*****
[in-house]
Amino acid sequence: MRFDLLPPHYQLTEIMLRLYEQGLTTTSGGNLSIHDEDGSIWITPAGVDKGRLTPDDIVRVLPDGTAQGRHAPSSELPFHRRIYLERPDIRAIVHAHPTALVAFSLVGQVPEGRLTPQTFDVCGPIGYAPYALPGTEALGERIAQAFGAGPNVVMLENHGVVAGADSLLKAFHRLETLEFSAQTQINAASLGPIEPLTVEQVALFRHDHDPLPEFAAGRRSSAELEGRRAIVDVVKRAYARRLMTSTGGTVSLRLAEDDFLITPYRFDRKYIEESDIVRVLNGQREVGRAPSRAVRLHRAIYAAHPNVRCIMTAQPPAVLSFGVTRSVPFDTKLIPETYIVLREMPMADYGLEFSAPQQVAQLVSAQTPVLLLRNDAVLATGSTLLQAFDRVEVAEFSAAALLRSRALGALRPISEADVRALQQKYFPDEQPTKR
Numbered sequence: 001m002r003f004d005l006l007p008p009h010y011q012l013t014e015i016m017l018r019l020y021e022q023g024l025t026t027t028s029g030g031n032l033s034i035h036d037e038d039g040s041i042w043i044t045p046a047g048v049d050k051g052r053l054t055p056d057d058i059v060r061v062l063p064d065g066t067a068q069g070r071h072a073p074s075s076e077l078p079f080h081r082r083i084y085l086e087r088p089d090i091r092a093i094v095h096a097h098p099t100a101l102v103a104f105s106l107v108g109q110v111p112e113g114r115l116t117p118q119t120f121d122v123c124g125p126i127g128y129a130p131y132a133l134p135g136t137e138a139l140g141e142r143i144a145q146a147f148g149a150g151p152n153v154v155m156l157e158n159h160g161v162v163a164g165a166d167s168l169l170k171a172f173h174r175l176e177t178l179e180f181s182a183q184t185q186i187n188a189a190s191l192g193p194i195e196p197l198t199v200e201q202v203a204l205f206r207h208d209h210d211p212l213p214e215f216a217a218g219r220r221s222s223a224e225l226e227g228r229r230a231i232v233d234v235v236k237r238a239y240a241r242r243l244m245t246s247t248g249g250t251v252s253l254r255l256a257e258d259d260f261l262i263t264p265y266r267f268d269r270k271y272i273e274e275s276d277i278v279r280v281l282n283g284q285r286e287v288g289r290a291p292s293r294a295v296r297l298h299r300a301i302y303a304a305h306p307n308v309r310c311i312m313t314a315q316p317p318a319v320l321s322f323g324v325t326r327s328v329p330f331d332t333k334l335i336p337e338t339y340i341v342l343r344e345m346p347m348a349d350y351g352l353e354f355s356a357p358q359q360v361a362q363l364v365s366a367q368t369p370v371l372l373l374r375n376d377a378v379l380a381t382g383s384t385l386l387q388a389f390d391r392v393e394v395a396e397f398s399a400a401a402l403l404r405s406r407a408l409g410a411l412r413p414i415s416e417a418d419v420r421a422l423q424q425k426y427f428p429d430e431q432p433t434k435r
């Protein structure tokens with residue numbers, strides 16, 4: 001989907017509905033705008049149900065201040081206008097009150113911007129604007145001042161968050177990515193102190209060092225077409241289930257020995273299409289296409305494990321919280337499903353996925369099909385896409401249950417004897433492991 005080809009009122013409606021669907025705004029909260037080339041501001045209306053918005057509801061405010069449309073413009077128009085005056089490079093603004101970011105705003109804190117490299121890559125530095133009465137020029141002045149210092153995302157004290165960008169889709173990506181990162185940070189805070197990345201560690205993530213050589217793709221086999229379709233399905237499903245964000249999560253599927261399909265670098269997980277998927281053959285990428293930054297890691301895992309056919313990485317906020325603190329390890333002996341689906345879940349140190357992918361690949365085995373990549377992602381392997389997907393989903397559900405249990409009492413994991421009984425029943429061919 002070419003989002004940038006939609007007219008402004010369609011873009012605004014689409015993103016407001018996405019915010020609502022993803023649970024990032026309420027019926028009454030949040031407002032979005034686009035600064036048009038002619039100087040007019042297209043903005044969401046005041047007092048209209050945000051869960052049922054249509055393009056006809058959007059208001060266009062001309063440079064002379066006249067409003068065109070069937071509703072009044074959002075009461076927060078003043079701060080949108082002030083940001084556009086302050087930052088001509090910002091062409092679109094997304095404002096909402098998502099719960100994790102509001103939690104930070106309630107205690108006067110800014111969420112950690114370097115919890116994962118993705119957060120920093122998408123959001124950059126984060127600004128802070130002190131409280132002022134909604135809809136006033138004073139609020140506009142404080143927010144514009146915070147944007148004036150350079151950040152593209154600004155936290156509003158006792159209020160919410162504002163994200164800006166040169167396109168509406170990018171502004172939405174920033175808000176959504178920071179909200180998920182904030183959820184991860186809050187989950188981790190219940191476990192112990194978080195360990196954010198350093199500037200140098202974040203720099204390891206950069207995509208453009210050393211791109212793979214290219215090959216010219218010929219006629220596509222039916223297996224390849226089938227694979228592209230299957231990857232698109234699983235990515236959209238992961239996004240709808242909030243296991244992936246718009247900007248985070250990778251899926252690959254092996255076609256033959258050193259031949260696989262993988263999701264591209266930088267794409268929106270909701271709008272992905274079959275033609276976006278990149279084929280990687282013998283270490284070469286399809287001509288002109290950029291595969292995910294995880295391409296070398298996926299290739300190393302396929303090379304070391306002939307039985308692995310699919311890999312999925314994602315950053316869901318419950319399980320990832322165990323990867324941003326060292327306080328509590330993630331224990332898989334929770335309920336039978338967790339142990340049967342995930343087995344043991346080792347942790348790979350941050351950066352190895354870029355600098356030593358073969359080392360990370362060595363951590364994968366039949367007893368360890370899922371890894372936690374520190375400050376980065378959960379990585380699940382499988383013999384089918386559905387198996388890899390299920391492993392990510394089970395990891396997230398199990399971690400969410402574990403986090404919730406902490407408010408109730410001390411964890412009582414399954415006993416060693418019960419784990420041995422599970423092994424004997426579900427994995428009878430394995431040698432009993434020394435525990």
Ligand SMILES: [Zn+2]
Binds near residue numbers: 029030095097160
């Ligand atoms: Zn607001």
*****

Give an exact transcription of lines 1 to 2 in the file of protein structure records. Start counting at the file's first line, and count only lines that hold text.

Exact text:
[in-house]
Amino acid sequence: MRFDLLPPHYQLTEIMLRLYEQGLTTTSGGNLSIHDEDGSIWITPAGVDKGRLTPDDIVRVLPDGTAQGRHAPSSELPFHRRIYLERPDIRAIVHAHPTALVAFSLVGQVPEGRLTPQTFDVCGPIGYAPYALPGTEALGERIAQAFGAGPNVVMLENHGVVAGADSLLKAFHRLETLEFSAQTQINAASLGPIEPLTVEQVALFRHDHDPLPEFAAGRRSSAELEGRRAIVDVVKRAYARRLMTSTGGTVSLRLAEDDFLITPYRFDRKYIEESDIVRVLNGQREVGRAPSRAVRLHRAIYAAHPNVRCIMTAQPPAVLSFGVTRSVPFDTKLIPETYIVLREMPMADYGLEFSAPQQVAQLVSAQTPVLLLRNDAVLATGSTLLQAFDRVEVAEFSAAALLRSRALGALRPISEADVRALQQKYFPDEQPTKR